Kim created Juice Break many years ago. Before juice bars had really even hit Australia – well before Boost – Juice Break was helping make Brisbanites more healthy by introducing them to the wonders of fresh juices and intensely healthy nutrition. Kim had a great little store and brought together some really cool people.

But Juice Break no longer exists.

It wasn’t that the product wasn’t “right” – as evidenced by the roaring success of Boost and a host of other juice outlets today. And the timing was pretty good too – Juice Break closed as the first of today’s successful juice outlets were opening. They could have been a market leader, ready to reap the turn of the tide and the resultant massive wave.

And Kim was – and is – really cool! A surfer, he’s likeable and fun to hang out with.

There were many reasons that we now know the story of Boost rather than the story of Juice Break. But one of the most important lessons for me is that success often lies just a short twist in the road away. So when you find something that inspires you, something that you feel is worth pursuing, you really gotta go for it.

It can take a long time to make your dreams a reality. Research into genius shows that it takes about a decade before anything really significant can be achieved. So choose something that you love to do… Something that is worth doing even if others don’t know you’re doing it… Something that you enjoy doing for its own sake rather than because you believe it will get you something.

I’m doing my NLP Trainers’ Training at the moment. It’s exciting. It’s interesting. It’s engaging. And with my good friends in Shanghai I’m looking forward to sharing my insights with more people upon my return. Maybe I’ll make some money from it – heck, I’d like that – but even if I don’t, I love being here and doing what I’m doing right now.

I figure that if you’re doing something that you love to do, even if it doesn’t get you where you want to go – even if it’s a total waste of time – if you choose to do something that you love to do for its own sake, you’ll never be really wasting your time.

A friend was telling me about his friend who wants to study law but who fears that she’ll not live long enough to practice. She’s just 20 and doesn’t think she’ll make it to 25. We all have our perculiarities, but to me the reason to study law is to enjoy the process of learning and experiencing the study of law… Not because you’ll become a lawyer.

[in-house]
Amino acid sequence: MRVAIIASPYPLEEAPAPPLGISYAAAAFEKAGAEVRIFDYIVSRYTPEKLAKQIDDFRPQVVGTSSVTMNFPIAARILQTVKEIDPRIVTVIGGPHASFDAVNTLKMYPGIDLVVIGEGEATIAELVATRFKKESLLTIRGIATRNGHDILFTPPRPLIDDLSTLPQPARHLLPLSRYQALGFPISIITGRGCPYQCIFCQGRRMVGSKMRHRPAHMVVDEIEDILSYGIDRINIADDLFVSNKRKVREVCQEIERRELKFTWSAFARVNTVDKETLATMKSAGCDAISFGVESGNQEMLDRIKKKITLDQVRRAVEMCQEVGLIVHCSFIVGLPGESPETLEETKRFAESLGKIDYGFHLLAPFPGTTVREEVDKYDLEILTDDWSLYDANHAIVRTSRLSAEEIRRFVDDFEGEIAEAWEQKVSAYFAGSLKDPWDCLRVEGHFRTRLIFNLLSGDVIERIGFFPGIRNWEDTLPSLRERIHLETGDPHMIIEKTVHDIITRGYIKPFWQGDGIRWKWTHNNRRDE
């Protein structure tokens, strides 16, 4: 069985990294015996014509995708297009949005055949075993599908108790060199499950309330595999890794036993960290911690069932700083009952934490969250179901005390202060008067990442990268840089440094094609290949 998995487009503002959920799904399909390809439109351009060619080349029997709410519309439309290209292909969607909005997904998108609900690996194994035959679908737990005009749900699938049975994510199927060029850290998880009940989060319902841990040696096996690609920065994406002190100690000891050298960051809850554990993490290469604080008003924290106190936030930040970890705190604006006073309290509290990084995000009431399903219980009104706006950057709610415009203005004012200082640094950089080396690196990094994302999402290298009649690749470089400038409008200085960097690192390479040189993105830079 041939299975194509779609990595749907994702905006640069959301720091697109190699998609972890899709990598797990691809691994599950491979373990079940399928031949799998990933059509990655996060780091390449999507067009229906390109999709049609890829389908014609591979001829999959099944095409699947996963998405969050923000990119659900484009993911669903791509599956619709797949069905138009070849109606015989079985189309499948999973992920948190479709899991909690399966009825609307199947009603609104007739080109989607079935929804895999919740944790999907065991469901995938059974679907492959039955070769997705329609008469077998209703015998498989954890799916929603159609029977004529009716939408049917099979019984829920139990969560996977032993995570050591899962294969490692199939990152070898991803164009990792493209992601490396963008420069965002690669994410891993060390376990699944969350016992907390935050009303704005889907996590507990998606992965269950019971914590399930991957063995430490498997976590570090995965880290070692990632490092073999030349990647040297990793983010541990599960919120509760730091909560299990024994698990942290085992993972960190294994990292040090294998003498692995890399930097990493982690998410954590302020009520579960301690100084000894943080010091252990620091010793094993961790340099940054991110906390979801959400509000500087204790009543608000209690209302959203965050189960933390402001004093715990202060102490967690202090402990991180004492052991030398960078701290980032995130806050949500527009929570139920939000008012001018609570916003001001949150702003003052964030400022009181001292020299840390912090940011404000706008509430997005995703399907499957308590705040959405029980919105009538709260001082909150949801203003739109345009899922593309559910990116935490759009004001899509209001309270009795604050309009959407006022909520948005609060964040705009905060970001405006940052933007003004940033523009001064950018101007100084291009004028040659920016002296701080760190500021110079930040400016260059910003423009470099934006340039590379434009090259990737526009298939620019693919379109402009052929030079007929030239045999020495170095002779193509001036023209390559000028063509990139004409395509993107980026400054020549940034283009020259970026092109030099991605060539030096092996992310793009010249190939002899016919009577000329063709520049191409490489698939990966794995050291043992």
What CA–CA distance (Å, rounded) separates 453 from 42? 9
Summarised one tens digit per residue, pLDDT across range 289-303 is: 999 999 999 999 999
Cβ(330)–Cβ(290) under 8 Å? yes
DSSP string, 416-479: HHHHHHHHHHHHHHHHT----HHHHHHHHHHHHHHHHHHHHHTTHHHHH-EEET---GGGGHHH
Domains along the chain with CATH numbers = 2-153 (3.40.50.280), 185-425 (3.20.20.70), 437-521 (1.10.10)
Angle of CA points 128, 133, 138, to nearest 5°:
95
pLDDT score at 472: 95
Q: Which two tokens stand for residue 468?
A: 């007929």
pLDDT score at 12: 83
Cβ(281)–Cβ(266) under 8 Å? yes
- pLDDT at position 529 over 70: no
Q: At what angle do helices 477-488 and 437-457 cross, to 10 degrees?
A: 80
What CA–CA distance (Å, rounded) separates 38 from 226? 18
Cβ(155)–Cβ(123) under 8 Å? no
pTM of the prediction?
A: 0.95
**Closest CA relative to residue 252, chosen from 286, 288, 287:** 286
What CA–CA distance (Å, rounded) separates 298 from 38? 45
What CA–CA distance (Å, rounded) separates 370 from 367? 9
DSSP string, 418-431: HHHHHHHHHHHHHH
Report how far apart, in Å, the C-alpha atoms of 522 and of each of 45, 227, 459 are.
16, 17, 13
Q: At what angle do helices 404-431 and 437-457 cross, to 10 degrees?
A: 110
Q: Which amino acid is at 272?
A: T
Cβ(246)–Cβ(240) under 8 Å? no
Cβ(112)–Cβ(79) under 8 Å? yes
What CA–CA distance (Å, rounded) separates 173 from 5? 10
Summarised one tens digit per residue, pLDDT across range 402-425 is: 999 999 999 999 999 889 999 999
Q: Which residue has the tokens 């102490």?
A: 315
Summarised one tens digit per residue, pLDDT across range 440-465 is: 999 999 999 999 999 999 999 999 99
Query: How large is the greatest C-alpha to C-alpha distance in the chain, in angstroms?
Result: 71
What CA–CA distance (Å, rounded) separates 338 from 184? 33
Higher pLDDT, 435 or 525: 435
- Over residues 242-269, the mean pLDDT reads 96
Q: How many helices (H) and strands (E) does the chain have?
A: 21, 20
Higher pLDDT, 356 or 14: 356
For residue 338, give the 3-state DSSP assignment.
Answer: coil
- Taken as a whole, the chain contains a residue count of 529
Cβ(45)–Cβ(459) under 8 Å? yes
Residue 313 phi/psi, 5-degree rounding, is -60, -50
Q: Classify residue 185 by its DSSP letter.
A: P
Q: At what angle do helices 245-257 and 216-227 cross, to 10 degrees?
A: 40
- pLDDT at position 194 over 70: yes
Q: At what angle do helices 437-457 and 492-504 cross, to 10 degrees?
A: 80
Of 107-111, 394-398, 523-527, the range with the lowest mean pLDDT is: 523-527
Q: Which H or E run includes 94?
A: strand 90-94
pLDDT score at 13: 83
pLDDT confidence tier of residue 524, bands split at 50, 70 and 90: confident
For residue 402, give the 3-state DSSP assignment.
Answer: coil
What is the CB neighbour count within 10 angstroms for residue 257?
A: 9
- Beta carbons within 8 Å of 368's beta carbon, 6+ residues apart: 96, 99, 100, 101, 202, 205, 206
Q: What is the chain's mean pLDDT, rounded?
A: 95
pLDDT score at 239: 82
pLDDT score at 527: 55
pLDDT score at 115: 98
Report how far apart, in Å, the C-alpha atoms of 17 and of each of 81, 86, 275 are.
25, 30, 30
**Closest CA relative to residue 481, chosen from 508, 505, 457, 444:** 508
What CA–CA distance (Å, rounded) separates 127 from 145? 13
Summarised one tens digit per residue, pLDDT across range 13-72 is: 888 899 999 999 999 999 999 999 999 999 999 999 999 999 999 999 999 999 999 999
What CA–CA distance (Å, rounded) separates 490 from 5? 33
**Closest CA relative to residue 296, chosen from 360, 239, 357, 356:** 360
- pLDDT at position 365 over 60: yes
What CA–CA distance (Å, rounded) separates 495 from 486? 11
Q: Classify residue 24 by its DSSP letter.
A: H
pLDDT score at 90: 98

I’d love to give the appropriate source, but I can just hear Marianne Williamson saying to me: “Do what you love. Do what makes your heart sing. And never do it for the money.”

And now I’m going to enjoy my tempura prawn roll and Berry Crush…

Some ideas that I’ve been developing…

Separation of Powers in Education, Cognitive Competencies, Selective Reinforcement of Spontaneous Behaviour and Open-Hearted Relationships of Unconditional Love… they’re all “hobby horses” that I have ranted on about from time to time, yet I haven’t always explored them as much or taken them as far as I could. Continue reading “Some ideas that I’ve been developing…” »

Upgrading the software for your mind

We talk a lot about software for your mind as a metaphor for your thought patterns – cultivating emotions (like compassion, tenacity, playfulness, love etc) or refining our thinking skills (creativity, learning, problem solving…)

However there’s some great software out there. One of them – Mindjet’s MindManager is sensational! It helps you organise, implement and communicate your ideas and concepts. I’ve just fallen in love with it (and their viewer that comes with a 5-day trial of the full software): Now I want a version for my smartphone…

If you’re looking for a more metaphorical software upgrade, I like the Four Hour Work Week generally, and particularly this post on Tim’s blog about finding your rhythm for peak creativity. His ChangeThis manifesto is pretty cool too. Though if you want a more-easily accessed stimulus for creativity, try sitting for a few hours in the couches of the Grand Cafe on the 54th floor of Jin Mao as I did this afternoon… truly inspiring!

Let’s surf: It’s never going to snow again and the waves are getting bigger…

Yvon Chouinard, the guy behind Patagonia, told Fortune magazine, “We’re getting into the surf market because it’s never going to snow again and the waves are going to get bigger and bigger.”

Climate change is a serious problem, though I did like this contribution from John Doerr at TED for a bit of reality.